How to Become Financially Independent

How to Become Financially Independent

6 Second Take: While we celebrate our country’s independence, it may be time to plan your own financial independence — here’s how.

Happy Independence Day! Following the July Fourth holiday weekend, I thought it might be useful this week to discuss financial independence, which is the ability to live off savings and investments without having to work.

What factors help some people achieve financial independence while others who earn the same amount of money (or more) live “paycheck to paycheck”? Below are seven strategies to help you improve your financial fitness and achieve your dreams:

Set Specific Goals.

Put a date and a price on each financial goal such as “save $6,000 for home improvements in 2022.” Next, break down those goals into smaller pieces, such as “save $2,000 a year for three years” and “save $167 per month.

Focus on Succeeding.

Remember the old saying “when there’s a will, there’s a way”? Well, this adage is as applicable to personal finance as it is to other areas of life. It takes discipline and focus to postpone spending today for a goal that may be years away.

Live Below Your Means.

Consider the three sustainable ways to “find” money to save for your future goals: increase income, reduce expenses, or do a little of each.

Living below your means is an intentional process of spending less than you earn.

It also means saving the amount that is left over.

Automate Savings and Investments.

Save automatically through an employer 401(k) or 403(b) plan, credit union, or mutual fund automatic investment plan (AIP) that deducts periodic deposits from a bank savings or checking account.

Maximize Tax Breaks.

Take advantage of tax deductions for contributions to tax-deferred employer retirement plans, tax-free municipal bonds, tax credits, and the long-term capital gains tax rate on investments held more than a year.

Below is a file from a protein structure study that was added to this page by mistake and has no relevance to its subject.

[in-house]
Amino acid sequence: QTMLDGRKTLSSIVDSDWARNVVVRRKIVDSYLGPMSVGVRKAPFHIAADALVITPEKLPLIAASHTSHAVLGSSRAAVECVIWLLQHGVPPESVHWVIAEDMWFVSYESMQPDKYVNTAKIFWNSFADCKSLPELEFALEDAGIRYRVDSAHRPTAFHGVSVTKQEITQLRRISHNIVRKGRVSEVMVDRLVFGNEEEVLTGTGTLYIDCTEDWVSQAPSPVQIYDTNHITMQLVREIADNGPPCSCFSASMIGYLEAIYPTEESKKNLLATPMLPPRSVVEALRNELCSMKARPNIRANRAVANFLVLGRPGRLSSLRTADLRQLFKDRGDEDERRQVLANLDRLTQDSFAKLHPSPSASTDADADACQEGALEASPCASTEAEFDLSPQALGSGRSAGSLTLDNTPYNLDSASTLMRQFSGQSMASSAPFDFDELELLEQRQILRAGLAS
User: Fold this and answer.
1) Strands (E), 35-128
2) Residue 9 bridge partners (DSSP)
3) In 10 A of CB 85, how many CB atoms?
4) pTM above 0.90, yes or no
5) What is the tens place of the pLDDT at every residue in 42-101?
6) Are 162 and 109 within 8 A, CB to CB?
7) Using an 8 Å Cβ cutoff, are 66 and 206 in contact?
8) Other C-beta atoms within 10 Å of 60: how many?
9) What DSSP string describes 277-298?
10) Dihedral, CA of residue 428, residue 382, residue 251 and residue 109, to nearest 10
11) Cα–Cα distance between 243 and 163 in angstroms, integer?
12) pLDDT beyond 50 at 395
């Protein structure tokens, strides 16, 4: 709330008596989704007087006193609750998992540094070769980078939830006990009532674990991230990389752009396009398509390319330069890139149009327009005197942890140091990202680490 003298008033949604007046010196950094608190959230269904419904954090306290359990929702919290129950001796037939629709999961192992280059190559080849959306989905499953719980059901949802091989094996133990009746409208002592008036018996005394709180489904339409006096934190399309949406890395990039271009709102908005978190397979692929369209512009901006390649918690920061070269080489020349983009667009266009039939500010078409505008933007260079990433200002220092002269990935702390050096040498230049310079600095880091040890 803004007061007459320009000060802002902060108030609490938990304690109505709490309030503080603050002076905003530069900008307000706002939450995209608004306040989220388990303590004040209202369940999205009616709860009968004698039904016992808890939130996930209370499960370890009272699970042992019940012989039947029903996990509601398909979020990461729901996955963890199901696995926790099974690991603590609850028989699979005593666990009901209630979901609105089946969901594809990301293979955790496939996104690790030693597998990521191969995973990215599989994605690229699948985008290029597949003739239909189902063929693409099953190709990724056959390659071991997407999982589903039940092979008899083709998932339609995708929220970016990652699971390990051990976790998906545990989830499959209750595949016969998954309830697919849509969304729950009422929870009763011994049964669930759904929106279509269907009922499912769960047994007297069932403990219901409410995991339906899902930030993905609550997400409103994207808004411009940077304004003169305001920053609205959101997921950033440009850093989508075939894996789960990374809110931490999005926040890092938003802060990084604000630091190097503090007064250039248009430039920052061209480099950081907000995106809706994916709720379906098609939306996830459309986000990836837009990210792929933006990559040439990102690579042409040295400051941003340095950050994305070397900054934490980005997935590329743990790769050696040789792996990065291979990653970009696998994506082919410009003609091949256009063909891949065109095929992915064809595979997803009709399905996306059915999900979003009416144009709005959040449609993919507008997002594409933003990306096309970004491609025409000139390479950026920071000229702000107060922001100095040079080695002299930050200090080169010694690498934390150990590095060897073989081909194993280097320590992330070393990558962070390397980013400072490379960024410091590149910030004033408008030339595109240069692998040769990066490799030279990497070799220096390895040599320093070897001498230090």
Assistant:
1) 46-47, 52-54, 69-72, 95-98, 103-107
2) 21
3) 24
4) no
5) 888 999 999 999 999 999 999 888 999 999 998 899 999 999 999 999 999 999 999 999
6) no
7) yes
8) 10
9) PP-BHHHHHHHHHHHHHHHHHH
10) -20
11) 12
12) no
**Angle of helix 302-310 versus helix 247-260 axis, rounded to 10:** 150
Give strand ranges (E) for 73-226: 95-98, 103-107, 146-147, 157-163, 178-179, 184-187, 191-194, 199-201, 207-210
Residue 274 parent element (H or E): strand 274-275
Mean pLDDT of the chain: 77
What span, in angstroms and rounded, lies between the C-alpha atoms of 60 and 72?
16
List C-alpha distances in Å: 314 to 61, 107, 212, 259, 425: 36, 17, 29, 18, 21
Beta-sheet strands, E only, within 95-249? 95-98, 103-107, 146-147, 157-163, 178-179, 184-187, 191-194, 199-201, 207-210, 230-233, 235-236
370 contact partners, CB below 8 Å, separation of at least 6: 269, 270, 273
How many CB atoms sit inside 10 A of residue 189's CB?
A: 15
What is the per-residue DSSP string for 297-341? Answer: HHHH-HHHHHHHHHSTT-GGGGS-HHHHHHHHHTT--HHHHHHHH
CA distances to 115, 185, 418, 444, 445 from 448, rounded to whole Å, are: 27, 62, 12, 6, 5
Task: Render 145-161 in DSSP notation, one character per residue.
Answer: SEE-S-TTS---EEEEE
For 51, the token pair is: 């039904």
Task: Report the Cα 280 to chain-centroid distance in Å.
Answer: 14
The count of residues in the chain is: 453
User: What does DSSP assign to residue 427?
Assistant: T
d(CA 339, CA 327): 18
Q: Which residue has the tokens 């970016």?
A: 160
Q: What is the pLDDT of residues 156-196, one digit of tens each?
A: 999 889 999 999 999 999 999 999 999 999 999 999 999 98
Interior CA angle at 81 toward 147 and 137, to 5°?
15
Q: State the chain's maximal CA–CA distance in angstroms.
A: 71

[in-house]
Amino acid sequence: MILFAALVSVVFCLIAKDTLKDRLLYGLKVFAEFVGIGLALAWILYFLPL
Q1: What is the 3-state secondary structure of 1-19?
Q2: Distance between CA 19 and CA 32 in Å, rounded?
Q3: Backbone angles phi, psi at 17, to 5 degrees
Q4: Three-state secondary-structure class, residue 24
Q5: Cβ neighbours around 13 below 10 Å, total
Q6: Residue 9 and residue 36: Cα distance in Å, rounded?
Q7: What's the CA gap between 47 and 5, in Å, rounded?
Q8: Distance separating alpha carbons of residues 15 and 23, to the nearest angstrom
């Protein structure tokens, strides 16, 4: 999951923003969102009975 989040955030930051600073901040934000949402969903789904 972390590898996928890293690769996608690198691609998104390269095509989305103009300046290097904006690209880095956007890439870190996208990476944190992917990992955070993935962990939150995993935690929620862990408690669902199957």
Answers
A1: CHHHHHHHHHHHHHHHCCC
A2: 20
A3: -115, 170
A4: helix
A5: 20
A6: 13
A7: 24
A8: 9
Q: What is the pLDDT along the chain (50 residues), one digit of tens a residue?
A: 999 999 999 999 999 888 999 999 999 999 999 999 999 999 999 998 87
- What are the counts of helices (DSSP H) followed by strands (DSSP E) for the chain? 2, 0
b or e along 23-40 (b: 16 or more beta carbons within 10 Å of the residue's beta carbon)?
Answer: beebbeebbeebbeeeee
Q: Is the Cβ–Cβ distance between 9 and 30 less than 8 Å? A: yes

Develop Financial Resilience.

Increase your resiliency resources including adequate savings and insurance, low household debt, in-demand employment skills, a social support system, and personal traits such as optimism, organization, and good health.


To help the government fight the funding of terrorism and money laundering activities, Federal law requires all financial institutions to obtain, verify, and record information that identifies each person who opens an account. What this means for you: When you open an account, we will ask for your name, address, date of birth, and other information that will allow us to identify you. We may also ask to see your driver's license or other identifying documents.

2. The Federal Equal Credit Opportunity Act prohibits creditors from discriminating against credit applicants on the basis of race, color, religion, national origin, sex, marital status, age (provided the applicant has the capacity to enter into a binding contract); because all or part of the applicant’s income derives from any public assistance program; or because the applicant has in good faith exercised any right under the Consumer Credit Protection Act. The federal agency that administers compliance with this law concerning FinWise Bank is the FDIC Consumer Response Center, 1100 Walnut Street, Box #11, Kansas City, MO 64106. The federal agency that administers compliance with this law concerning Coastal Community Bank and Midland States Bank is the Federal Reserve Consumer Help Center, P.O. Box 1200, Minneapolis, MN 55480. The federal agency that administers compliance with this law for LendingPoint is the Federal Trade Commission, Equal Credit Opportunity, Washington, DC 20580.

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